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Federal Policies Restrict Immigrant Children’s Access to Key Public Benefits

Author: Kinsey Alden Dinan
Publication Date: October 2005

This is an excerpt from the full brief.

About 20 percent of this country’s children—nearly 17 million—have at least one foreign-born parent. These children are more likely to be low income and to experience other hardships than children with native-born parents. Altogether, children of immigrants comprise more than 26 percent of all low-income children in the United States. However, they are less likely than other children to benefit from government programs designed to assist low-income families.

The federal government sets U.S. immigration policies that regulate the flow of immigrants into the United States. The federal government also bears primary responsibility for immigrant policies that determine the treatment of immigrants within the nation, although in recent years much of this responsibility has been shifted onto the states. Both types of policies have important implications for the economic security of immigrant families and set the context for state and local policy choices regarding immigrant children and their families.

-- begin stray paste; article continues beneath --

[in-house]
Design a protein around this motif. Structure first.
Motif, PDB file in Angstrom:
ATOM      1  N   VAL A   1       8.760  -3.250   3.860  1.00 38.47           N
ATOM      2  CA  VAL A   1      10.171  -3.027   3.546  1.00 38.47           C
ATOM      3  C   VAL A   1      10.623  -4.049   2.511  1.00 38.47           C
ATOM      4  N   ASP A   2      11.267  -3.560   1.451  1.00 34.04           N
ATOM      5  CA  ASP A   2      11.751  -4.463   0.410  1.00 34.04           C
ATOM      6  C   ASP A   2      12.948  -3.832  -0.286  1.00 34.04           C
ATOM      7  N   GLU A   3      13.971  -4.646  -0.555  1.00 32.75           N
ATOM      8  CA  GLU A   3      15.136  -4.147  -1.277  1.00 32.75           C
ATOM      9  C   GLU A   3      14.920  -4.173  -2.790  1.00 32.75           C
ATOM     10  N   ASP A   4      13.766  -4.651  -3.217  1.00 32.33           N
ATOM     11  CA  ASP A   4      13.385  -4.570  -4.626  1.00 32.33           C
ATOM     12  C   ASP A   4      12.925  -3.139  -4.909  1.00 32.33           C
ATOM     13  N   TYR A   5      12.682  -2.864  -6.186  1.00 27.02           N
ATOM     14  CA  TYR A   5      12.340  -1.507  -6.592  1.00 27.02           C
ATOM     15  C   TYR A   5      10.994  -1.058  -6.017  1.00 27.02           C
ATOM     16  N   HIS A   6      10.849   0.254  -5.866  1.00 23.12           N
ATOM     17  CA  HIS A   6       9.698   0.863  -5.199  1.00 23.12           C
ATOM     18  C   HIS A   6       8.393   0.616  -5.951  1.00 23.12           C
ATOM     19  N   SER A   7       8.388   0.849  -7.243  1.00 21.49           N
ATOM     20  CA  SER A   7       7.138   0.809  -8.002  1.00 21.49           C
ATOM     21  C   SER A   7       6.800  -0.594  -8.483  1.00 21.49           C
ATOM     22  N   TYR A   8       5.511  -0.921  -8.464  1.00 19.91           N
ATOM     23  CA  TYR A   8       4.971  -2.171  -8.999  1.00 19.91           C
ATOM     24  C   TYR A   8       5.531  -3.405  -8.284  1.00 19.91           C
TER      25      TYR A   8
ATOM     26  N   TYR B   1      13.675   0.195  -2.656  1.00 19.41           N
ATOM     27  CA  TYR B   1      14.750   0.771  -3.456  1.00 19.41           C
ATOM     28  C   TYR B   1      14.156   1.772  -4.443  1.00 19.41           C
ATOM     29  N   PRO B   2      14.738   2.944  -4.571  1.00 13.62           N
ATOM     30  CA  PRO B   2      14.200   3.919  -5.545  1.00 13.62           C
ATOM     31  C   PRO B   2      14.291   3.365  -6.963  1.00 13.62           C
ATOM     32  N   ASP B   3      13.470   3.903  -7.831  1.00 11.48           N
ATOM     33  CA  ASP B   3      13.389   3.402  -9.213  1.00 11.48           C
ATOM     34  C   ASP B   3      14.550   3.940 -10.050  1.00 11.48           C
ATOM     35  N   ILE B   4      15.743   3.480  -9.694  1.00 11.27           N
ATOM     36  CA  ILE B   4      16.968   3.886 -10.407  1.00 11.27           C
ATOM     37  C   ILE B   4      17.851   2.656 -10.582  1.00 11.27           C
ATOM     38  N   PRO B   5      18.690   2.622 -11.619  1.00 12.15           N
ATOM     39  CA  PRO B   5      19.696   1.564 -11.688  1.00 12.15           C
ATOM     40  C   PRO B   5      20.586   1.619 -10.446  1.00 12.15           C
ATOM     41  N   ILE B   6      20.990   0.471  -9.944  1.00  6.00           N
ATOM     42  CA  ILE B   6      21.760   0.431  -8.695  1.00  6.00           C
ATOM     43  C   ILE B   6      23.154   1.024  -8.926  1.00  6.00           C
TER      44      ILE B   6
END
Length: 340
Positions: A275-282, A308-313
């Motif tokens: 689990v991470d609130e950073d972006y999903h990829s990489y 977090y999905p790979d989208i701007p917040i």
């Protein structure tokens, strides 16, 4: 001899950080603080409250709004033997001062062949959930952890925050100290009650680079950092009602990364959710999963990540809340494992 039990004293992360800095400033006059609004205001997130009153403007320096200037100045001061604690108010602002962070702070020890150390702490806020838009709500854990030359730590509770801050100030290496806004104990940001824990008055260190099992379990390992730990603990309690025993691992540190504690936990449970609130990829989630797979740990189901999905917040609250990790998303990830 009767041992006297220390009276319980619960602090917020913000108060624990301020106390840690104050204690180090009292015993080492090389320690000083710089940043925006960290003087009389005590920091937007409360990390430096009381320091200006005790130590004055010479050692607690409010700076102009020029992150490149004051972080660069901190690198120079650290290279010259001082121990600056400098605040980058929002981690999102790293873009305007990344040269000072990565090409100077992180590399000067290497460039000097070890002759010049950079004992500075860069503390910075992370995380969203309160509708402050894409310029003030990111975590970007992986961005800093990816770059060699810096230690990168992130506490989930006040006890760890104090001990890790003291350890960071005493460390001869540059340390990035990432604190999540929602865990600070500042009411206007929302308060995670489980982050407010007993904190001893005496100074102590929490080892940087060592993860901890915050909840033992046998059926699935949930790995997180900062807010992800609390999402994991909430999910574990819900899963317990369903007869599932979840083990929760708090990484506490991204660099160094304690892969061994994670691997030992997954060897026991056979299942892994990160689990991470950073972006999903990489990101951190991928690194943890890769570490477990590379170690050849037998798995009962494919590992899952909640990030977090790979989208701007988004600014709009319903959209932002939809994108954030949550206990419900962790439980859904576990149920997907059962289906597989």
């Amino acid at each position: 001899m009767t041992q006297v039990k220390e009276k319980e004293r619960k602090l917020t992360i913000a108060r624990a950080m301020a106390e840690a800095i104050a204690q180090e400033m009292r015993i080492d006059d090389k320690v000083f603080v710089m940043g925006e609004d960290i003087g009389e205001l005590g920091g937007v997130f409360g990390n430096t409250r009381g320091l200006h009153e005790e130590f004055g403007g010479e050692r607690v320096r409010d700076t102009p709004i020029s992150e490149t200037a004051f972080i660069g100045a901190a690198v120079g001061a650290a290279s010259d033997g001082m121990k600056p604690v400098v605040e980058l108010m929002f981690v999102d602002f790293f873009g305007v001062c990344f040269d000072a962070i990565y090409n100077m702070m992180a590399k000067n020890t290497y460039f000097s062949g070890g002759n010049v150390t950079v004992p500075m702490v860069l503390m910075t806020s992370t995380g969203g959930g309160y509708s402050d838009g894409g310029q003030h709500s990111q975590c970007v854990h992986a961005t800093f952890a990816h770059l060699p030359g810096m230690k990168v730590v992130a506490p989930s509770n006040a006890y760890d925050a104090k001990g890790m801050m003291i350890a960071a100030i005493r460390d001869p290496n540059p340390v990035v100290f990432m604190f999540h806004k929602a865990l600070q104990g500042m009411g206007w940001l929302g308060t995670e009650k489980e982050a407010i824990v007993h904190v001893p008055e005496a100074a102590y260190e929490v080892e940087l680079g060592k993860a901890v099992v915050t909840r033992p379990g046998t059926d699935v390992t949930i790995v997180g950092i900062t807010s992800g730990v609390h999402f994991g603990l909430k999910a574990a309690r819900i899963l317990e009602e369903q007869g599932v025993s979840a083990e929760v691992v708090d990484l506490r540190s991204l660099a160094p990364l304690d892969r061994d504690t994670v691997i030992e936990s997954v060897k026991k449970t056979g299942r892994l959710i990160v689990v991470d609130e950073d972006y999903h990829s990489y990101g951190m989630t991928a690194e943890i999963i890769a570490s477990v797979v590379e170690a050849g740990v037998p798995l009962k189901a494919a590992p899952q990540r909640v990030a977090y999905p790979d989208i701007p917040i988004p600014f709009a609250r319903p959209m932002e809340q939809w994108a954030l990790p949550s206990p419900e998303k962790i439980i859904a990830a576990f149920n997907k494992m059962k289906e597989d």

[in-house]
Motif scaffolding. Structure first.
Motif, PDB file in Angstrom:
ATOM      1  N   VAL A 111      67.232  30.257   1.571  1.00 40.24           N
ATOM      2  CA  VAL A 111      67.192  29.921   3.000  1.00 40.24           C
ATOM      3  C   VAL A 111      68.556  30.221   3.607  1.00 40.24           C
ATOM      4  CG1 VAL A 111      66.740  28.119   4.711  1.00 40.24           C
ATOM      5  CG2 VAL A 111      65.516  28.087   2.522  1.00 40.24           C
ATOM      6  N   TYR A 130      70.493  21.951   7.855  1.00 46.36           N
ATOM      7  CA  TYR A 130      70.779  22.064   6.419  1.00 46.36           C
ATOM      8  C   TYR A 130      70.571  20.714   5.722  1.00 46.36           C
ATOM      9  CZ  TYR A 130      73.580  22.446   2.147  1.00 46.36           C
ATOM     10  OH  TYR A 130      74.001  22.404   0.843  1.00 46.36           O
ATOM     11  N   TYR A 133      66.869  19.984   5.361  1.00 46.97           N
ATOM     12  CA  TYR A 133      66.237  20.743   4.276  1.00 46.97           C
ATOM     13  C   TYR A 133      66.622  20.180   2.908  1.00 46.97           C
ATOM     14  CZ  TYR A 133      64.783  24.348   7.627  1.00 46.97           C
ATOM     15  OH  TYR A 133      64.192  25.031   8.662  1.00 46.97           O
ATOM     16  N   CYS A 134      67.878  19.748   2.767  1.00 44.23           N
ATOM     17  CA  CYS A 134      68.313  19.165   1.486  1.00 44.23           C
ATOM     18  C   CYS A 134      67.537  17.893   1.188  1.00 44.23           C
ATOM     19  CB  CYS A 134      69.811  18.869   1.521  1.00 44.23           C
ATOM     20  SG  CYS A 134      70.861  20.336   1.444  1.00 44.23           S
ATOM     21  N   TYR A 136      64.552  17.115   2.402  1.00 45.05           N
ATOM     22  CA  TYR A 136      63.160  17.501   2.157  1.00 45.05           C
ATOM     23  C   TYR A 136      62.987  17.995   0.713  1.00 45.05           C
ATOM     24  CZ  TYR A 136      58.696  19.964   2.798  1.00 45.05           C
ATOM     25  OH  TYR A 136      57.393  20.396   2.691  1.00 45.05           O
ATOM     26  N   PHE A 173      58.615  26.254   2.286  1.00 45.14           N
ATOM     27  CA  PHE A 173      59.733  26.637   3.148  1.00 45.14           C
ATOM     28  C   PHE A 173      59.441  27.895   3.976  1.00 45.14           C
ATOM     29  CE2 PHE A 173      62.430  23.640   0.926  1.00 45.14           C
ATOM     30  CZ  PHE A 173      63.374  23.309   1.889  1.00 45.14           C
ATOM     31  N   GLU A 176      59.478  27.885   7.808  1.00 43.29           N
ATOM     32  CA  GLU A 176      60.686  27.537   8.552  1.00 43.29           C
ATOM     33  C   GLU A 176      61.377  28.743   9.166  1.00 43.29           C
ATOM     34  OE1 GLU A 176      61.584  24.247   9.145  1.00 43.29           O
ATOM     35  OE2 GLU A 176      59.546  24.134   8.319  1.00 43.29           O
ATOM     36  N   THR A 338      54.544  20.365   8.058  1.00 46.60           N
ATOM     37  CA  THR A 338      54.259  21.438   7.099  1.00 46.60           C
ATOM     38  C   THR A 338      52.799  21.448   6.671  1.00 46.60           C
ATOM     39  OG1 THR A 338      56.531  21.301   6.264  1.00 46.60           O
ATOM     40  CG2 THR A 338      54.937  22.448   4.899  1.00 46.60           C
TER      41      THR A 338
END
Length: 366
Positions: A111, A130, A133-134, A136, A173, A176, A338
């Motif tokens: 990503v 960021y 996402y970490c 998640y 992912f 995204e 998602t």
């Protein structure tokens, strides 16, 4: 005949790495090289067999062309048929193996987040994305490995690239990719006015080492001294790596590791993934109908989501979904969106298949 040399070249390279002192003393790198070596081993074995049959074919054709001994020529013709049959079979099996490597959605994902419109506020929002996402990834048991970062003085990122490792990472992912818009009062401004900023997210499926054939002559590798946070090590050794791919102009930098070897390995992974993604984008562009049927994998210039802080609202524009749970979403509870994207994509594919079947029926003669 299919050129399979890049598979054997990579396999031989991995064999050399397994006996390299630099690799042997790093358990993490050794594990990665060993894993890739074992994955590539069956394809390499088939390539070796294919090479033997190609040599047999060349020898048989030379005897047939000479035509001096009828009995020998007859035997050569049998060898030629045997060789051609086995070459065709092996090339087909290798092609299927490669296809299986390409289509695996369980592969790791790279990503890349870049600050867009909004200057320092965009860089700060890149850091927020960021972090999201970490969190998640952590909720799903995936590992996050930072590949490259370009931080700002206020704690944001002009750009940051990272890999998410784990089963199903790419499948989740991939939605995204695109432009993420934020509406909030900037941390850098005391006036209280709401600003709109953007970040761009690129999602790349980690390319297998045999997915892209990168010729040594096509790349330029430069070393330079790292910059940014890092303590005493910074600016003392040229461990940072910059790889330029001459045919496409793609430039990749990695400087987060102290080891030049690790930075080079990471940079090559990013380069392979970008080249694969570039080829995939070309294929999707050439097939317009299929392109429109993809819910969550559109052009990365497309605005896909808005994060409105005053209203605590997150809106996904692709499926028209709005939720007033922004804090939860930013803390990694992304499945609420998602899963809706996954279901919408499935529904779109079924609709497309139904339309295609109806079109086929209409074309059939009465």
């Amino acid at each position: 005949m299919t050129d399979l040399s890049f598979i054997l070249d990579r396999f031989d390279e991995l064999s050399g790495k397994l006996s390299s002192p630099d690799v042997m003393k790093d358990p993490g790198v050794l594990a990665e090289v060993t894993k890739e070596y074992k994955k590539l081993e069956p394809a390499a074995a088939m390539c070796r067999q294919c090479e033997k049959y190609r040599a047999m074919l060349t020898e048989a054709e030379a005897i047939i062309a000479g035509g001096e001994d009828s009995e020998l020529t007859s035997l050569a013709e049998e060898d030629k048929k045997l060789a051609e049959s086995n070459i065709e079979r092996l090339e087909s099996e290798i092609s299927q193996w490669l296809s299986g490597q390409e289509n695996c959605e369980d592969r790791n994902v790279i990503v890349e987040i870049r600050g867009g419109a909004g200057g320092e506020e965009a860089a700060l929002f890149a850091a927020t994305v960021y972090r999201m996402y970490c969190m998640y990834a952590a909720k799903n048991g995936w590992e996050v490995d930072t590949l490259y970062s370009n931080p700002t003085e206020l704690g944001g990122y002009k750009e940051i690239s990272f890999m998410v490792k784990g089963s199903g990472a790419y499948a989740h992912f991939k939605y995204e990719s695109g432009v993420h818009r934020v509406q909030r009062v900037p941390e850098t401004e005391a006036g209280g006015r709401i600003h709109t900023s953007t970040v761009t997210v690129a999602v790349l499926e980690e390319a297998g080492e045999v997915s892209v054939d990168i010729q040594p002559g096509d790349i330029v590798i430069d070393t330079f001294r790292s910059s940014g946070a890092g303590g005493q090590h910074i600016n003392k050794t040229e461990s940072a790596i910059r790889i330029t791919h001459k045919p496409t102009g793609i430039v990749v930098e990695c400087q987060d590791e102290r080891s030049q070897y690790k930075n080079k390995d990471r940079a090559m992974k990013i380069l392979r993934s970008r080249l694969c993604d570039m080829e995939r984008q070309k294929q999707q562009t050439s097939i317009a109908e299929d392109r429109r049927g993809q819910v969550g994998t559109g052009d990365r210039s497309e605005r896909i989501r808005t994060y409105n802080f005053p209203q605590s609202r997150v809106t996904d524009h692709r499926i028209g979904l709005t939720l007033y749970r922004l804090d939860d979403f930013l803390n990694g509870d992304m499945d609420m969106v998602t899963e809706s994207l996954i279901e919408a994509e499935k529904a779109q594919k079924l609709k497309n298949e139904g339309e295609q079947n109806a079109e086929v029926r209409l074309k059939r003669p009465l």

This brief is the first in a series that explores key policy issues related to children in low-income immigrant families. It provides an overview of federal policies that affect immigrant families’ access to key income and employment supports.